Build and fly for the fun of it

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Written by Fitz Walker Old School Model Works Javelin As seen in the October 2020 issue of Model Aviation. Review

Bonus Video

At A Glance



Flying weight: 5 pounds, 9 ounces

Wingspan: 60 inches

Length: 49 inches

Wing area: 710 square inches

Wing loading: 18 ounces per square foot

Radio: Spektrum DX8 G2

Receiver: Spektrum AR637T sixchannel telemetry receiver

Servos: Hitec HS-225BB; Hitec HS-322HD

Recommended power system: .25 to .51 glow engine or equivalent brushless motor; 3S or 4S LiPo battery

Motor used: BadAss 3515-940 Kv brushless

Speed controller: 85-amp BadAss Rebel

Battery: BadAss 4S 5,000 mAh LiPo

Airfoil: NACA M12

pluses logo


  • Well engineered and easy to build.
  • Great flying characteristics.
  • Unique looks.


  • Some minor typos in manual and on the plans.
  • Motor mount box (see text).
manufacturer distributer


Old School Model Works

(513) 755-7494

javelin screams classic sport plane
The Javelin screams "classic sport plane," and it delivers!

THERE IS SOMETHING special about highwing sport airplanes. The configuration is not intimidating and almost trainerlike, yet it is capable of a fairly high degree of aerobatics. It is a "comfort food" type of model if you will—a lowstress airplane that you can fly anytime and on a whim.

This seems to be the philosophy of the Old School Model Works Javelin, a .40-size glow/electric high-wing sport airplane kit. It’s an all-original design that invokes the merging of fun-fly performance with Pattern aircraft influences wrapped up in a stylish, if somewhat angular package.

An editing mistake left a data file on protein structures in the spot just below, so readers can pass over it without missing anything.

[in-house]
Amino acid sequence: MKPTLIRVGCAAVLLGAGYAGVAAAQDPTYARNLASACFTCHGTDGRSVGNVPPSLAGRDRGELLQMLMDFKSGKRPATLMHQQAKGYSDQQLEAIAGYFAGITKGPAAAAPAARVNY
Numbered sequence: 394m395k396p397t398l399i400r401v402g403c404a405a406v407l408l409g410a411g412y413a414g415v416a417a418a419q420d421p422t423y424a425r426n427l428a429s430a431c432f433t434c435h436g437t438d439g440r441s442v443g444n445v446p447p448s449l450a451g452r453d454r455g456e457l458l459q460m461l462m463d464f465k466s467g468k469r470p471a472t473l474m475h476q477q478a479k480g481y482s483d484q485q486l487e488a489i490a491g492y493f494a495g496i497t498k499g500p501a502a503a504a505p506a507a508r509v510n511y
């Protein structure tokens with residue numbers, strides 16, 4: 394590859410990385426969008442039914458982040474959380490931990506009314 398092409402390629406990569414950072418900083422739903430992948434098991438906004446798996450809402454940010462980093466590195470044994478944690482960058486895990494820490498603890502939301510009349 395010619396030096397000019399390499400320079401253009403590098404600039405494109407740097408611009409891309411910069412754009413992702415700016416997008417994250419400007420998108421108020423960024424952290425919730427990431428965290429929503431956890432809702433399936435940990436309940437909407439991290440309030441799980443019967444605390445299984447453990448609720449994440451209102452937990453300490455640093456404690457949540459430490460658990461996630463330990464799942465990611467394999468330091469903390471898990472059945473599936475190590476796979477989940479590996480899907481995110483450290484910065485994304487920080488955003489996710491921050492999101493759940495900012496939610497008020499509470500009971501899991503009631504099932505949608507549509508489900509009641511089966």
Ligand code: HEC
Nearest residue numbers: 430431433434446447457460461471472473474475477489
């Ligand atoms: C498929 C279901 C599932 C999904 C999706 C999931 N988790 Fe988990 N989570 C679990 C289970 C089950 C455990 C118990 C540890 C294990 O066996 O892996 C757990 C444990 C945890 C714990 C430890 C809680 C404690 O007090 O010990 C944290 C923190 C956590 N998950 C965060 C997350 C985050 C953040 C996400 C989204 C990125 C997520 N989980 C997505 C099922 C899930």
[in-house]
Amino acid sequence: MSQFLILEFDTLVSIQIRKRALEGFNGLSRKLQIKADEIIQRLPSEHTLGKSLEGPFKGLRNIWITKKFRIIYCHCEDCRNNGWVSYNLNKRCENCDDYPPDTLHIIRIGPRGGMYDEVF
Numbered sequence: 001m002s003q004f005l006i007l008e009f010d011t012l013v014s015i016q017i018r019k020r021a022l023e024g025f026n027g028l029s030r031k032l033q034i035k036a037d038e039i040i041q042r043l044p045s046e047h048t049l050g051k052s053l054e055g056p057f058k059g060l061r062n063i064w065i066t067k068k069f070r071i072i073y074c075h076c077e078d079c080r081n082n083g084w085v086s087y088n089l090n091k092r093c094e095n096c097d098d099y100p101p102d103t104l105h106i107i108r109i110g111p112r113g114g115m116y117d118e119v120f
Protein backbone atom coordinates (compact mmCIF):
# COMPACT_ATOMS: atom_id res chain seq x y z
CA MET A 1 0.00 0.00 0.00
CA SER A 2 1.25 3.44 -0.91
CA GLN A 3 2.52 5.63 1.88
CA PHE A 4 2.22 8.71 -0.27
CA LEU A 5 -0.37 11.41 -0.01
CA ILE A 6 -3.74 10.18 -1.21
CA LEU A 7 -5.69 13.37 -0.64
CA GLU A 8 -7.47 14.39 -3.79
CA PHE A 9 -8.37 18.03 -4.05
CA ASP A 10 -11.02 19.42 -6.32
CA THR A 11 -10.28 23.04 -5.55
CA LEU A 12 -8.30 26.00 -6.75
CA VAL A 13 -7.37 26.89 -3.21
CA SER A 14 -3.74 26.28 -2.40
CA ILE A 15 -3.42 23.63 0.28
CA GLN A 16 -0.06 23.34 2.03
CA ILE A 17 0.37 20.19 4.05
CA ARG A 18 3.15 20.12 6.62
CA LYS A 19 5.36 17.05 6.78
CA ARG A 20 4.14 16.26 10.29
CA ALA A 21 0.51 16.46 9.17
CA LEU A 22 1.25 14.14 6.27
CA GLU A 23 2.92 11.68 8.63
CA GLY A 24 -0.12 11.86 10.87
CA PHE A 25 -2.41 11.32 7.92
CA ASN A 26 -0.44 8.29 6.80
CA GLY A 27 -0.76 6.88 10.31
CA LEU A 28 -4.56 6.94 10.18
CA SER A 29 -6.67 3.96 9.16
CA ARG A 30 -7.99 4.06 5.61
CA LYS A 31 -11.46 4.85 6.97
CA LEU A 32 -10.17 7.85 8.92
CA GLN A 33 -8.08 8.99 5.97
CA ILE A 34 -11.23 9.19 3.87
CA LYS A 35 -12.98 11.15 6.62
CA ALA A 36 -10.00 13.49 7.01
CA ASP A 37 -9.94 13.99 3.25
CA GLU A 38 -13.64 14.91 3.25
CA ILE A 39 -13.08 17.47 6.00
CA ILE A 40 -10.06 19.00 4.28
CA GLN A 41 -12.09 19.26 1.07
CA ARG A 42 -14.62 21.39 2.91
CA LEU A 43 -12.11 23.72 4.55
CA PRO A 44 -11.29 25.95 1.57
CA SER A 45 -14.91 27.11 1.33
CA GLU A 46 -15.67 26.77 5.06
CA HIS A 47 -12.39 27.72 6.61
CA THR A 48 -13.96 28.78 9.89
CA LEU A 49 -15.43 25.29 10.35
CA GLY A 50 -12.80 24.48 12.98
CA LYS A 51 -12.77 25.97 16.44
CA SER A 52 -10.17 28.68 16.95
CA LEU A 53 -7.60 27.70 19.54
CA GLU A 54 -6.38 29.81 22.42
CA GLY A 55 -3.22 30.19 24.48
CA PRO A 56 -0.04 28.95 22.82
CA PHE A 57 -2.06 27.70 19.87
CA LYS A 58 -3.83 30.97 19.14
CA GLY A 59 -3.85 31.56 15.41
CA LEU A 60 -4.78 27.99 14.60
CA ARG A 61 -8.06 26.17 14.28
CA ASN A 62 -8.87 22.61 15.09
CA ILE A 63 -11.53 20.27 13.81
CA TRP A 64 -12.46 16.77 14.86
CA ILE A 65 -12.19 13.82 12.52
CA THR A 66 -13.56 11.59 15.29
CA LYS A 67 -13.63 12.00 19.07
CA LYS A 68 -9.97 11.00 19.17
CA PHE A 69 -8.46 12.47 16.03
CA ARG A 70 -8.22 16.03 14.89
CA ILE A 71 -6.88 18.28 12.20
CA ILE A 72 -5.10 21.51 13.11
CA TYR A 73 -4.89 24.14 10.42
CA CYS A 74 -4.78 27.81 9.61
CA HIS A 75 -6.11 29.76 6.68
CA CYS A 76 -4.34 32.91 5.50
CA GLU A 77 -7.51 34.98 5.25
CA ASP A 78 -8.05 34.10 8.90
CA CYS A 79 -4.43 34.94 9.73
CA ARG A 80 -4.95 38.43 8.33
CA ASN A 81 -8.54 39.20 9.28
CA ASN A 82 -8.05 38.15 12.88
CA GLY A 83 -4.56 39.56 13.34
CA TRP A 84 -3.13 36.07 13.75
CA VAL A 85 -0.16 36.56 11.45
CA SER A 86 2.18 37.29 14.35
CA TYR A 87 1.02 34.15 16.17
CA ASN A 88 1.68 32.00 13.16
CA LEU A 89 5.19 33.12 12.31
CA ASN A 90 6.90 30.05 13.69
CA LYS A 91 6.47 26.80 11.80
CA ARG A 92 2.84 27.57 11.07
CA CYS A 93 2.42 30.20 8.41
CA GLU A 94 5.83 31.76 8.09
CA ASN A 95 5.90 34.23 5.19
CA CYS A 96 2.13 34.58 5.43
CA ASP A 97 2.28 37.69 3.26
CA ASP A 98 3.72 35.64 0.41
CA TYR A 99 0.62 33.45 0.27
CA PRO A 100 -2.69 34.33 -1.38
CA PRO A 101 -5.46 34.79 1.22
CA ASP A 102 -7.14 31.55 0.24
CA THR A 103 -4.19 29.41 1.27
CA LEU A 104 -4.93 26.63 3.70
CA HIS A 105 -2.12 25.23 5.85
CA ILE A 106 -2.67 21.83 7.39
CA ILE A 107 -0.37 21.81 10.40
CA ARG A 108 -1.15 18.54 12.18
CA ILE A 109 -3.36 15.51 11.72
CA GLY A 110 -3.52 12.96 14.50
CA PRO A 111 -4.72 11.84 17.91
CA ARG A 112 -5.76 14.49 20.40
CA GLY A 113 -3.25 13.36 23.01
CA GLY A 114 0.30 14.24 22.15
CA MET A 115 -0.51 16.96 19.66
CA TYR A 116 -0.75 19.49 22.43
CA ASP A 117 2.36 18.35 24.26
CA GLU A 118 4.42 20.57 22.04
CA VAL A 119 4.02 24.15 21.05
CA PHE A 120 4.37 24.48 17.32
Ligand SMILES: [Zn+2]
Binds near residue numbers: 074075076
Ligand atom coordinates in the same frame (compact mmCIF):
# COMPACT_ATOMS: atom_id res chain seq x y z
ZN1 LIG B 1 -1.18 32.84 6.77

Nearly every wood piece that is not a balsa stringer is laser cut—even minor parts not normally thought necessary to bother with lasering. I inspected the kit contents and all of the parts were of good, consistent-quality wood.

I counted roughly 24 sheets of laser-cut parts in addition to numerous balsa and basswood sticks. All of the precut parts are clearly labeled with intuitively named, engraved lettering. Both the balsa and plywood parts sheets were cleanly laser cut.

A generous amount of hardware is included; the only items I needed to purchase were wheels and pushrods. The plans come rolled in two sheets, with one each for the wing and fuselage parts. The manual is 18 pages, with each step featuring an associated black and white photo. Those who like more color in their life can download an electronic copy of the manual, complete with color photos, from the manufacturer’s website.

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